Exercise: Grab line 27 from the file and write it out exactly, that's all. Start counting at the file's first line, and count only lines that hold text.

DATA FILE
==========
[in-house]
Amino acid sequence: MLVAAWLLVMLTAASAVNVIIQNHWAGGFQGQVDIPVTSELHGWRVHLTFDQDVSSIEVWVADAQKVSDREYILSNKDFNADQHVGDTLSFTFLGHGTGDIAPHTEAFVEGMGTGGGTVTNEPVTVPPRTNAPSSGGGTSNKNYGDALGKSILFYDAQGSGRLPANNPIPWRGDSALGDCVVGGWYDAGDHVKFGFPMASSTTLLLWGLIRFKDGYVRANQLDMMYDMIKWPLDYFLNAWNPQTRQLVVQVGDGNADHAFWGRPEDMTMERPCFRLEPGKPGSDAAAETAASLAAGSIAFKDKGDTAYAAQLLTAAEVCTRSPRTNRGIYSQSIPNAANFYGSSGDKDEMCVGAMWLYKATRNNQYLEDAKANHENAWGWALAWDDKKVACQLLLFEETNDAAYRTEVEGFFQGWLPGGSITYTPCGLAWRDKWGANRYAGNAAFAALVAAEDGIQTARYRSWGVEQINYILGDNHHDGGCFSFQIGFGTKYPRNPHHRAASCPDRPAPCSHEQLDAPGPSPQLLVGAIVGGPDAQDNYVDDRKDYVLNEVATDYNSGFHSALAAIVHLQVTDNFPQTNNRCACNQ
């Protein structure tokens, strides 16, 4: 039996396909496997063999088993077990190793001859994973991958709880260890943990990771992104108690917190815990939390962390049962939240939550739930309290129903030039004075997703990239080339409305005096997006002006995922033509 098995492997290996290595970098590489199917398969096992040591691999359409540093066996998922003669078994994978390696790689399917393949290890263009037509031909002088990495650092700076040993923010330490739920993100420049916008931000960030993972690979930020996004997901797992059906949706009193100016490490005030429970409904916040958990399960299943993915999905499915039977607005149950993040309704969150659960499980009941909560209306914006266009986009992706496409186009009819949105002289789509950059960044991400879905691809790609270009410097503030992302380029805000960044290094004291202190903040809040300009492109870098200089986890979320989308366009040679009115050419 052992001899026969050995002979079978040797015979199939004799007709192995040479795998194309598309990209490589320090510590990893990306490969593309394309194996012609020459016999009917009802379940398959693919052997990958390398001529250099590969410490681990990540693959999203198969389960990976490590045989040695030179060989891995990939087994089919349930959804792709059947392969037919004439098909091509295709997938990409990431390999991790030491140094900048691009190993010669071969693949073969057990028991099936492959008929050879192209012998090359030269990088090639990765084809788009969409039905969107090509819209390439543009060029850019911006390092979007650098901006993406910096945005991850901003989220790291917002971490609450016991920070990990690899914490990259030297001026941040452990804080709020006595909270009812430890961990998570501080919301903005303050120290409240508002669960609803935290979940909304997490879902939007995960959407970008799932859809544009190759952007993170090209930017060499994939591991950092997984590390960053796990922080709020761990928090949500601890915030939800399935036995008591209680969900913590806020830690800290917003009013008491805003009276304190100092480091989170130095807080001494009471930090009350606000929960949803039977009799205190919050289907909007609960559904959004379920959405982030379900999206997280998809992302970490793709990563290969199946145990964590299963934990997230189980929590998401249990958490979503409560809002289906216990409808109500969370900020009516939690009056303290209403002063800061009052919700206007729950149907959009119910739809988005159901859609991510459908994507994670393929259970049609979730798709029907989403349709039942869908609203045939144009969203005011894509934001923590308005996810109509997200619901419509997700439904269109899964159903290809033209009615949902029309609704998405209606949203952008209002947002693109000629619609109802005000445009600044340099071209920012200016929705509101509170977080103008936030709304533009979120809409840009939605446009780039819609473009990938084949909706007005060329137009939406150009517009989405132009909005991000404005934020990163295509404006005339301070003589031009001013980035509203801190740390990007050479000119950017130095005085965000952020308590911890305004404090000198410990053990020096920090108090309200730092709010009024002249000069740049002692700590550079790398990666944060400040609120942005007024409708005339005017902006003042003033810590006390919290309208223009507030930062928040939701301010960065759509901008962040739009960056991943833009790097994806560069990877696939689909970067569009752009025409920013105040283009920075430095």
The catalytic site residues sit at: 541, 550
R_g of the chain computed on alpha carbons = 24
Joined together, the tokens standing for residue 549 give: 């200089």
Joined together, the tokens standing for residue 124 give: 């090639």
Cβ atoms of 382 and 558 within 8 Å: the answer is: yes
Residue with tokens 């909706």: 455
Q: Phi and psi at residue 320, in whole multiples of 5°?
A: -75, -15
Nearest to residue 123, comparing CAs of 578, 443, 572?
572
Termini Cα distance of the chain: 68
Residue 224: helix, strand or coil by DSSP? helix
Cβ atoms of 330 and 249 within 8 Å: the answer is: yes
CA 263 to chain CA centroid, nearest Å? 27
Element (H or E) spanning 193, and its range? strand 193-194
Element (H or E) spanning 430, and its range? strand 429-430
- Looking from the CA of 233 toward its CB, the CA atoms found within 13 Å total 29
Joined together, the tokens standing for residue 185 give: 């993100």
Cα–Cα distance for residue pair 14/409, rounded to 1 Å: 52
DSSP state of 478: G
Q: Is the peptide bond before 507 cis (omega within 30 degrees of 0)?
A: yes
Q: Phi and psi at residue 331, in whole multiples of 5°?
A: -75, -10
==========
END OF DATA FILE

A: -75, -10